CAYESH

Posted on: December 1, 2005


Steve House on the summit of Cayesh (5719m), Cordillera Blanca, Peru. In June, House and Marko Prezelj established a sixteen-pitch new route on the west face all free at 6b M7+ in sixteen and a half hours round trip. They also managed the first free ascent of the Italian Pillar on Taulliraju in a two-day push, eliminating the few moves of aid left by Jeff Lowe and Alex Lowe on their 1983 first alpine-style ascent. [Photo] Marko Prezelj

Steve House and I went to Peru with a hunger for some paperless climbing (we couldn't get the expensive permit for our first objective, Kalanka, in India). We started our acclimatization with La Esfinge (5325m), climbing the first three pitches of Cruz del Sur (7c+, 7a obligatory, 800m) to ascertain the rock quality and the protection. The next day we climbed the Original Route (5.11c) free, onsight, in five and half hours. After two days of rest, on June 1, we climbed Cruz del Sur free (all onsight except the first three pitches) in seven hours.

Our next destination was the west face of Cayesh. On June 8 we started from the tent a bit before first light and in sixteen and half hours opened a new line between the German and Charlie Fowler routes. The climbing was uncertain from the start to the summit. After the initial 150 meters of an ice/snow couloir and eleven steep pitches with real mixed climbing, one pitch of pure rock and a last pitch of ice/snow led to the corniced summit. The difficulties were up to M7+ (M8?) on the mixed sections and 6b on rock. Dry conditions and unreliable protection made the route hard to grade, but we managed to free it all onsight.

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We rested for two days in Huaraz, then hiked up to the north face of Huascaran Norte, but constant rockfall convinced us to descend the next morning. For our last week, we chose Taulliraju (5830m) and the Italian Route (ED1: VI 5.9 A1, 900m), a logical line to the summit. On the first third of the route, we found good conditions with some dry/mixed sections that we climbed free (up to M6+). On the middle third, the conditions were not so good: deep sugar snow on steep slabs and some dry parts. We bivied in an ice cave under the pillar cornice. During the second day of the climb, we reached the long summit ridge, which was very corniced with poor-quality snow and ice. It took a lot of energy to get to the summit mushroom, where we made our second bivy just fifteen meters below the top. We crossed the summit the next morning and descended the other side of the mountain, having freed all the route.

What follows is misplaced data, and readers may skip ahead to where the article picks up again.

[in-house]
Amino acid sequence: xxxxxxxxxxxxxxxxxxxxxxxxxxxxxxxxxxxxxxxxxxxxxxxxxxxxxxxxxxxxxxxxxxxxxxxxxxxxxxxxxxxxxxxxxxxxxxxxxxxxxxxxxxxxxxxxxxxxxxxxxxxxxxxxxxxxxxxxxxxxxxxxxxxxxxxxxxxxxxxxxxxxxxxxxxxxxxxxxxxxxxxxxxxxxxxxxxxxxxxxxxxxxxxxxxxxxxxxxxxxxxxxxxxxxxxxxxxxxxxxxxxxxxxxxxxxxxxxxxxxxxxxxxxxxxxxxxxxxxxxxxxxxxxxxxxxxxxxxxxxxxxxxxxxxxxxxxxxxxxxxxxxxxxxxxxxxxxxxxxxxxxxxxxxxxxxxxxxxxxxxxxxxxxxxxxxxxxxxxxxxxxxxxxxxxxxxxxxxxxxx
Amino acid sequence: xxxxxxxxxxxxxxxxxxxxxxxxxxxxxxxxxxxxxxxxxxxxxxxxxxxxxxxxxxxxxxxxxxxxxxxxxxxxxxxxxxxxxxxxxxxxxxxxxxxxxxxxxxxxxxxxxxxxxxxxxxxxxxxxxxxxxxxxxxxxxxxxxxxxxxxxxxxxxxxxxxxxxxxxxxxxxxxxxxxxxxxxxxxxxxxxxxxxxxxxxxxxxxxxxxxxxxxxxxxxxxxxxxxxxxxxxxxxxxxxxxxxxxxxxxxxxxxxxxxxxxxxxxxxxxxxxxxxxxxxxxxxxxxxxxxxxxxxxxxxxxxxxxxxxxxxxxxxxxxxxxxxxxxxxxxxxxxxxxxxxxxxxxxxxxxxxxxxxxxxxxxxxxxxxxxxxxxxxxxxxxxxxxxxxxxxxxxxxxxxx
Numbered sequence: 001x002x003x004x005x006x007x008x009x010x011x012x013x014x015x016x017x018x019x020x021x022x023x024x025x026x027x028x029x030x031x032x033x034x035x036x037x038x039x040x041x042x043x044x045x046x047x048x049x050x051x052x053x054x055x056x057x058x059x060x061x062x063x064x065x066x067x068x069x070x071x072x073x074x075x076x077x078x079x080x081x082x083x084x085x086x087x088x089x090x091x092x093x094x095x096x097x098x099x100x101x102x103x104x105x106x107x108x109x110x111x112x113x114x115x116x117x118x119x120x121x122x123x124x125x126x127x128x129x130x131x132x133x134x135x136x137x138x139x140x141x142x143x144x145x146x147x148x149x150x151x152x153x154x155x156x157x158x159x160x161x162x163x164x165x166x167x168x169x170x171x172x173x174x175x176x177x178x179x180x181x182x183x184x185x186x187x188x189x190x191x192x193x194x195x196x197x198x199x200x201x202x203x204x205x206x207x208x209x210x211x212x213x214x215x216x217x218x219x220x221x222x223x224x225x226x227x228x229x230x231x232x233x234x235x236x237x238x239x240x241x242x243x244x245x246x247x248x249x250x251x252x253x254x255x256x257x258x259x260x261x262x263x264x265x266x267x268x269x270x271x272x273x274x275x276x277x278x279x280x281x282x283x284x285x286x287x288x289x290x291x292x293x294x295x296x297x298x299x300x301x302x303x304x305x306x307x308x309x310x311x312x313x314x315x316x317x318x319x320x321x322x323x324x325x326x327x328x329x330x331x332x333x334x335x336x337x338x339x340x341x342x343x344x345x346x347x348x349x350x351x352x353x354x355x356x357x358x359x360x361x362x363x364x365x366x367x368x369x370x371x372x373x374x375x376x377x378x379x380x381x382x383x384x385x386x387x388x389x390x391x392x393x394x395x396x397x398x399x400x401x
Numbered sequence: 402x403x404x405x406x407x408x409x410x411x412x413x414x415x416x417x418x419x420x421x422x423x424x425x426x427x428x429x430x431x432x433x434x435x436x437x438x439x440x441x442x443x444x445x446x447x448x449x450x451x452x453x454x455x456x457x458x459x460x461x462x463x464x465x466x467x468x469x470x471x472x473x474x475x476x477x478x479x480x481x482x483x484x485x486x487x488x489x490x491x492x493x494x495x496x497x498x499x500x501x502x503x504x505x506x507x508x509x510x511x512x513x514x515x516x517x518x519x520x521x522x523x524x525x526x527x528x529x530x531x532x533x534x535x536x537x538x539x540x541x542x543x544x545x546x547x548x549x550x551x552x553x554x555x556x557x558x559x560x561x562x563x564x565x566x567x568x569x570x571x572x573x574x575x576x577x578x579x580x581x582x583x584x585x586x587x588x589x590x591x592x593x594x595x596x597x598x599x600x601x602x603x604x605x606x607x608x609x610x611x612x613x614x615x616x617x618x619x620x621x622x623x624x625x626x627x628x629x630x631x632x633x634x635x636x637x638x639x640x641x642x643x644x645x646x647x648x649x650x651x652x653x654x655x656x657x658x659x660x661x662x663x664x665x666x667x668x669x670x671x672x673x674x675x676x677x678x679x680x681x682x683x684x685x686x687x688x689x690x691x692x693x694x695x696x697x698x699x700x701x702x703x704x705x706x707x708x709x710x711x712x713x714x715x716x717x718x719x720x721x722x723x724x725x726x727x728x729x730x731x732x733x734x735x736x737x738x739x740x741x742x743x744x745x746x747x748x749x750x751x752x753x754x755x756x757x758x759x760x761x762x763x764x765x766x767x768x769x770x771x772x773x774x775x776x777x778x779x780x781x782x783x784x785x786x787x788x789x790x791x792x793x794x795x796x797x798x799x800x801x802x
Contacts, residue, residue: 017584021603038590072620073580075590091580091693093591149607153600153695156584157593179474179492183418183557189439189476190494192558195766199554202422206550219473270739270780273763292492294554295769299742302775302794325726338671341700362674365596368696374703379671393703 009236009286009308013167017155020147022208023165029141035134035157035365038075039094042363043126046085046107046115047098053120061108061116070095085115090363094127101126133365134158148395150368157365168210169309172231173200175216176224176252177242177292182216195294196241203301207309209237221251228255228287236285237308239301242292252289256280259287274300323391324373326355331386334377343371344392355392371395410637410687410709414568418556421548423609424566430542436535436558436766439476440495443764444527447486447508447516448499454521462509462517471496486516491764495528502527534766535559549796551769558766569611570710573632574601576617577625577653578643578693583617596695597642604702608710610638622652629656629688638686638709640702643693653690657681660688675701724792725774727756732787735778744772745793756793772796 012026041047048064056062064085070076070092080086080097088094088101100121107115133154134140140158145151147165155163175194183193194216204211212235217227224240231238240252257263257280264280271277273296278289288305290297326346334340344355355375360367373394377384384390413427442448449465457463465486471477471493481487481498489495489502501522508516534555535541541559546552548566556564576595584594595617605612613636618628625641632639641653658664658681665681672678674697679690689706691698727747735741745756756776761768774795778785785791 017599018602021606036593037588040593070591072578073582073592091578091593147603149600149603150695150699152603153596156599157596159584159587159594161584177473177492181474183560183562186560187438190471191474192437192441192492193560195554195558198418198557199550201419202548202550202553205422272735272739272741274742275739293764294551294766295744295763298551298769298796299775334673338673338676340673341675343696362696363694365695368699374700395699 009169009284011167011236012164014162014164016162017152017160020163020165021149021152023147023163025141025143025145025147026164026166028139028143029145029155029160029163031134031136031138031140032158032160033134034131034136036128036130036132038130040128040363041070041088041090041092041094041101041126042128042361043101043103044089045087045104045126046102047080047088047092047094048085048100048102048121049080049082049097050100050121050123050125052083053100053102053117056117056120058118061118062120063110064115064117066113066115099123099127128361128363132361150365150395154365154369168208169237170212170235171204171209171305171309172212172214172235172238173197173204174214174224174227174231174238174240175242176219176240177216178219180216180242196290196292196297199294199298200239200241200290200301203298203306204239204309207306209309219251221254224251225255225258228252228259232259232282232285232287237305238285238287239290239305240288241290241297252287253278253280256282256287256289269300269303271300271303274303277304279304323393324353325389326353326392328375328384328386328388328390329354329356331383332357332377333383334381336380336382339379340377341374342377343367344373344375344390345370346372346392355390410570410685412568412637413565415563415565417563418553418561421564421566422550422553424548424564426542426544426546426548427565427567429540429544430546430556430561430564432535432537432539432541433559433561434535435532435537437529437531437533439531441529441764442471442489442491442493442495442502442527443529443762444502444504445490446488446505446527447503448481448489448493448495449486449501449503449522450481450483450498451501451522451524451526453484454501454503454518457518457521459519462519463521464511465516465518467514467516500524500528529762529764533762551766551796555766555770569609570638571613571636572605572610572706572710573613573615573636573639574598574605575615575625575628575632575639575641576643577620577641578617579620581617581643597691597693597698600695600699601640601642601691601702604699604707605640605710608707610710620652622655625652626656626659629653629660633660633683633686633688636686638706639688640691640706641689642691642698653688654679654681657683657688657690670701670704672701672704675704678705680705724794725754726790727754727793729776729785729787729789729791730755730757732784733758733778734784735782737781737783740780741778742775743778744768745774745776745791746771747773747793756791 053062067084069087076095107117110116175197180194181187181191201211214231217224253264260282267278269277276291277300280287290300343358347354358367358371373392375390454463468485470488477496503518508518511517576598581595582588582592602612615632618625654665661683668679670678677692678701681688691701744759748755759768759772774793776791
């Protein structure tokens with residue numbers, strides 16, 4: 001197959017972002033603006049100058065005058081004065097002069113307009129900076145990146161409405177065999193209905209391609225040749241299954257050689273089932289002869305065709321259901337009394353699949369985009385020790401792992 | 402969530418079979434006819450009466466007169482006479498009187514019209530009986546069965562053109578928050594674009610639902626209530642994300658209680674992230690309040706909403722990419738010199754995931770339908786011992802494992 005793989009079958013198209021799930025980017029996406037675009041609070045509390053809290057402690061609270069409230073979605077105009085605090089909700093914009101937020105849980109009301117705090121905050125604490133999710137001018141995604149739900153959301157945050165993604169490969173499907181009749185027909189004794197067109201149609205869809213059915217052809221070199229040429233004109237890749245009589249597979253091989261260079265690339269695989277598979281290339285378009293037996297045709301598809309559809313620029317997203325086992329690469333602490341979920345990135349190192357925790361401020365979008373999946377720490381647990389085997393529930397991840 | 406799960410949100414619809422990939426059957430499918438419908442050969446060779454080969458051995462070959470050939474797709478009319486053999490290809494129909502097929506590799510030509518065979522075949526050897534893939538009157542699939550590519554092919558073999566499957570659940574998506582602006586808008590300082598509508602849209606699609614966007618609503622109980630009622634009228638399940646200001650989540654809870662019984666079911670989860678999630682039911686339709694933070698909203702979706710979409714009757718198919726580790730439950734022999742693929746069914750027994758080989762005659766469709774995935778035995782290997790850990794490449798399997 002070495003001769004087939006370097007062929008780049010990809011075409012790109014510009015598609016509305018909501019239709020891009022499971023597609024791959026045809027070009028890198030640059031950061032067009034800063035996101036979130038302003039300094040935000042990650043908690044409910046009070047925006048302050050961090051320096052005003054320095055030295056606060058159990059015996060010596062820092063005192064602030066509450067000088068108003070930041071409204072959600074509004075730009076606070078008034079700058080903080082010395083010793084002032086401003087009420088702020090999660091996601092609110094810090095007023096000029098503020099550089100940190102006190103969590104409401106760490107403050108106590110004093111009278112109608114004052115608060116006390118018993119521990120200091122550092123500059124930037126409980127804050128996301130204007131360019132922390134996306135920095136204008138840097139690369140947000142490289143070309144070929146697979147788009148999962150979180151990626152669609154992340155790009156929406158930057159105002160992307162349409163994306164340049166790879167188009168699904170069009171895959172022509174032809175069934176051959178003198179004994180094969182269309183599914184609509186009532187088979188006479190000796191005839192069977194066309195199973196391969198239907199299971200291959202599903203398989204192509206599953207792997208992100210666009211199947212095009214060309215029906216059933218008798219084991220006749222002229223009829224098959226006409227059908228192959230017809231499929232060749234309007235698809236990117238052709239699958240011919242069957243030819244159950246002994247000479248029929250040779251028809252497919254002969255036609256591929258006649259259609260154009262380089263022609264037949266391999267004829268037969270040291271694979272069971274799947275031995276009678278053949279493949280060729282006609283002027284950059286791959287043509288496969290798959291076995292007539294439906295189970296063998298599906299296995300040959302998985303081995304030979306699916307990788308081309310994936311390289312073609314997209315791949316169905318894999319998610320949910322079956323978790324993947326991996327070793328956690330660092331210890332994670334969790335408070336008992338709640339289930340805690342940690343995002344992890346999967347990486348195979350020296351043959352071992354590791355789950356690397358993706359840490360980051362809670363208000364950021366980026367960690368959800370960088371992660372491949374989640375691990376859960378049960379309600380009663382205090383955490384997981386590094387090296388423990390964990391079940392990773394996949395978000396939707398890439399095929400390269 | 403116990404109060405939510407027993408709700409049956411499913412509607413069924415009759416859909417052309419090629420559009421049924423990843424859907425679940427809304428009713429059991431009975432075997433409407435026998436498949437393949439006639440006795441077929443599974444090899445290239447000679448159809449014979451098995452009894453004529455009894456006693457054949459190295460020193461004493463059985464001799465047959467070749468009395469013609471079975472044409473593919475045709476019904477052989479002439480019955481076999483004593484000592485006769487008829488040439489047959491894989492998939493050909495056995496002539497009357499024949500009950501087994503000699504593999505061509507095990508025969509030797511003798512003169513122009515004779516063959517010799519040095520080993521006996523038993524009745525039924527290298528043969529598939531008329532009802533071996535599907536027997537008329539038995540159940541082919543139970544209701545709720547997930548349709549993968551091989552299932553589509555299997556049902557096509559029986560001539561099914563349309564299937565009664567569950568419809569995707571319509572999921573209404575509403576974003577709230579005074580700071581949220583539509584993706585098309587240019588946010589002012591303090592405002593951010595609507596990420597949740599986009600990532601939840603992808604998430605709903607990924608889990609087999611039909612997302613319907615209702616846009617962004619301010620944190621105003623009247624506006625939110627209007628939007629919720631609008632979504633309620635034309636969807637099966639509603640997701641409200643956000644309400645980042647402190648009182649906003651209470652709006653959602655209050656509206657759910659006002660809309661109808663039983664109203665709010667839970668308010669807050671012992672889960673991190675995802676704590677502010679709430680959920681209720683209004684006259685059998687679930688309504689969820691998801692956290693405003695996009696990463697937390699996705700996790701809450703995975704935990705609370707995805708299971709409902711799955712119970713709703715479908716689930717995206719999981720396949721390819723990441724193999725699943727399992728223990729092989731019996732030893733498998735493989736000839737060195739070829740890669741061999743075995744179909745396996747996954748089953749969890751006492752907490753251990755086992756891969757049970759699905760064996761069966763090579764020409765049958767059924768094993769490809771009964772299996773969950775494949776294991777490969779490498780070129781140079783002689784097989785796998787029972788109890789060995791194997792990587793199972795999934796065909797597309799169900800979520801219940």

After this diverse and intense experience, I can say that reaching the true summit in the Andes is an integral part of the climb—not so marginal as one might imagine when reading the reports of climbers who continue only to the "end of the technical difficulties."

Marko Prezelj, Kamnik, Slovenia

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